The following points highlight the eighteen main objective factors that influence consumption function according to Keynes. Some of the objective factors are: 1. Change in the Wage Level 2. Windfall Gains or Losses 3. Change in the Fiscal Policy 4. Changes in Expectations 5. Changes in the Rate of Interest 6. Financial Policies of Corporations 7. Holding of Liquid Assets and Others.

Objective Factor # 1. Change in the Wage Level:

Increase in wages will increase consumption. Therefore the consumption function curve will shift upward. If however, the rise in the wage rate is accompanied by a more than proportionate rise in the price level, the real wage rate will fall and consumption will decrease. This will tend to shift the consumption function curve downward. A cut in wage rate will reduce consumption and shift the curve downward.

Objective Factor # 2. Windfall Gains or Losses:

Unexpected gain will increase consumption and shift consumption function curve e.g., the windfall gain in American stock market in 1925 led to a rise in consumption. Unexpected losses lead to the downward shifting of the consumption curve.

Objective Factor # 3. Change in the Fiscal Policy:

The fiscal policy of the government relating to taxation, expenditure and public debt affect consumption. A reduction in taxation will leave more post-tax incomes with people which would tend to increase their expenditure on consumption. In contrast, an increase in taxation will reduce consumption. Progressive taxation and public expenditure on welfare programmes will shift consumption function upwards by altering the distribution of income.

Objective Factor # 4. Changes in Expectations:


If the consumers expect a shortage or rise in prices of certain goods, they may rush to purchase such goods far in excess of their current needs. This would raise the consumption function. Such things happen during war. On the other hand, if the people expect a plenty, or a decline in prices of certain durable goods, they would tend to postpone purchase of such goods, which would lower the consumption function.

Objective Factor # 5. Changes in the Rate of Interest:

If the interest rate is high the cost of holding money as liquid asset increases, people will find it less profitable to keep idle cash. They may begin to invest. This will reduce total consumption and increase saving. If on the other hand the interest rate is low people may find that keeping liquid cash would be more profitable. This will reduce savings and increase consumption.

Objective Factor # 6. Financial Policies of Corporations:

If corporations and companies retain more reserves and give lesser profits in the form of dividends, the disposable income of the shareholders will be smaller. On the other hand if more profits are distributed as dividends, more will be spent on consumption.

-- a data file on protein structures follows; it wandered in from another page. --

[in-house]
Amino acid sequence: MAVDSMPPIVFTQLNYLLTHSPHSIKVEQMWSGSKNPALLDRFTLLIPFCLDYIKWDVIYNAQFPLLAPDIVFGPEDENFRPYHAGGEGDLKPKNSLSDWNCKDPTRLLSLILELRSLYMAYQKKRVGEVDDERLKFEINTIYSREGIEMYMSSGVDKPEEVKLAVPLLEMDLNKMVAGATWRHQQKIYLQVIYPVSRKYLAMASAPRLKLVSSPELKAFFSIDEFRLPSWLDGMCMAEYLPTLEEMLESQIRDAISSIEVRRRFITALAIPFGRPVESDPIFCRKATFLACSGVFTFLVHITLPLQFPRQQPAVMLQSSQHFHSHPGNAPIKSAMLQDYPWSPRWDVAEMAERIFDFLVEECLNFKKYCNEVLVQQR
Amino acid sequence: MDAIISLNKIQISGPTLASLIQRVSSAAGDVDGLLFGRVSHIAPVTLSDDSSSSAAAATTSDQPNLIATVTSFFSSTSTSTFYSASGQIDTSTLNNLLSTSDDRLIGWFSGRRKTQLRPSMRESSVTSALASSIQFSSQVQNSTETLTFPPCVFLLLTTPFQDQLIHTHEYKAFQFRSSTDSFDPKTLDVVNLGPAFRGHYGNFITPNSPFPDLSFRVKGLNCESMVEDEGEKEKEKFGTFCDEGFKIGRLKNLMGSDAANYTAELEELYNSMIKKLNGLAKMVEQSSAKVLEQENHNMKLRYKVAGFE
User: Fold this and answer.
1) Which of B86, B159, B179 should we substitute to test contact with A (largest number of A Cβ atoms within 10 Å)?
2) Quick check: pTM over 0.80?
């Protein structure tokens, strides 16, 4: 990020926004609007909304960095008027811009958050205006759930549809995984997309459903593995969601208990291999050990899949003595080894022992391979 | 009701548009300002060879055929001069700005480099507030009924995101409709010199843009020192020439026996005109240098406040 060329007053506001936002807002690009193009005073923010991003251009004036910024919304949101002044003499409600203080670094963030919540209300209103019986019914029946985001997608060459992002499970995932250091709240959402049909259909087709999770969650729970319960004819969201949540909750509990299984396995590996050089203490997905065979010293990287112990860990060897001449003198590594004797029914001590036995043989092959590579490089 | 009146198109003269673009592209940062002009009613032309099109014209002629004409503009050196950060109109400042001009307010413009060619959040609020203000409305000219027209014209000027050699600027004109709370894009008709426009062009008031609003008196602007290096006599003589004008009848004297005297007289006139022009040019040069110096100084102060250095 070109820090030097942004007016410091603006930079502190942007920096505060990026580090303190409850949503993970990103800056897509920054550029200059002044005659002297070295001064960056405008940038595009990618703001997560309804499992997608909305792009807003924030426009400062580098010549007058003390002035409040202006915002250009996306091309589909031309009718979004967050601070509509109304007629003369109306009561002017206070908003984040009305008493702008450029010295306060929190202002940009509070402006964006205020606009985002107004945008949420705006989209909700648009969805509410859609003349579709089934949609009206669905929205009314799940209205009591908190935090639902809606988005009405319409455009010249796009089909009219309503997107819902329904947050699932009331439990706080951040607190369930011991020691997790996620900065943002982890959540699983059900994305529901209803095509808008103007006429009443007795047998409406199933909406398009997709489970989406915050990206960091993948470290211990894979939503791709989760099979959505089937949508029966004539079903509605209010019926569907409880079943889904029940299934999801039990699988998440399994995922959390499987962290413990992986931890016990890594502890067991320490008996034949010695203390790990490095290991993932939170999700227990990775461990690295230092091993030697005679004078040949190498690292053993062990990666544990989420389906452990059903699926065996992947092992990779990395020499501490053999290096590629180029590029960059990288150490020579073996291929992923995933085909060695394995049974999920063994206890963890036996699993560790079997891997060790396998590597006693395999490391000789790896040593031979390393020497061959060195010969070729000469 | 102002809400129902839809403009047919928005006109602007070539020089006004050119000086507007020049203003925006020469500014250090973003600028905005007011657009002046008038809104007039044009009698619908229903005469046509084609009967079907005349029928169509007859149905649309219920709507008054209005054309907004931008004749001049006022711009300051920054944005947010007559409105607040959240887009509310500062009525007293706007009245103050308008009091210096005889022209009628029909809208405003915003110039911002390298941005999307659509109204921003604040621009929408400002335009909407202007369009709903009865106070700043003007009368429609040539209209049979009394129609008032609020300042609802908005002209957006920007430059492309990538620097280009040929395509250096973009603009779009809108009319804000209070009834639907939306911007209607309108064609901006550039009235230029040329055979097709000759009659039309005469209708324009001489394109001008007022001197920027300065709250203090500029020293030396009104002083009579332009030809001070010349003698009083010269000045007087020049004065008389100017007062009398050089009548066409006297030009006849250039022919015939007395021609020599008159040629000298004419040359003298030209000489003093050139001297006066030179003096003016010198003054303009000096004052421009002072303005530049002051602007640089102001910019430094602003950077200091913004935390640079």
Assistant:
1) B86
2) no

Objective Factor # 7. Holding of Liquid Assets:

Liquid assets in the form of cash balances, savings and government bonds in the hands of the consumers also influence the consumption function. If people hold larger liquid assets they will have a tendency to spend more out of their current income and the propensity to consume will move upward and vice versa.

Objective Factor # 8. The Distribution of Income:


If the income distribution is more even, then the propensity to consume will be high. If there is wide spread disparity of income, the income will go into the hands of a handful capitalists who have greater propensity to save than to spend. Hence the over-all propensity to consume will be less.

Objective Factor # 9. Attitude Toward Saving:

If the consumers value future consumption more than present consumption, they will tend to save more and consume less and the consumption function curve will shift downward. Such a tendency is reinforced by the state through compulsory provident fund, life insurance and other social insurance schemes to keep the consumption function low. In a high saving economy, consumption function is low.

Objective Factor # 10. Duesenberry Hypothesis:

According to James Duesenberry the expectation of an individual depends not on his current income but also on his past income and standard of living. Even if the current income is reduced, the individual might continue to spend the same amount on current consumption, out of past saving, because he has been accustomed to a particular standard of living.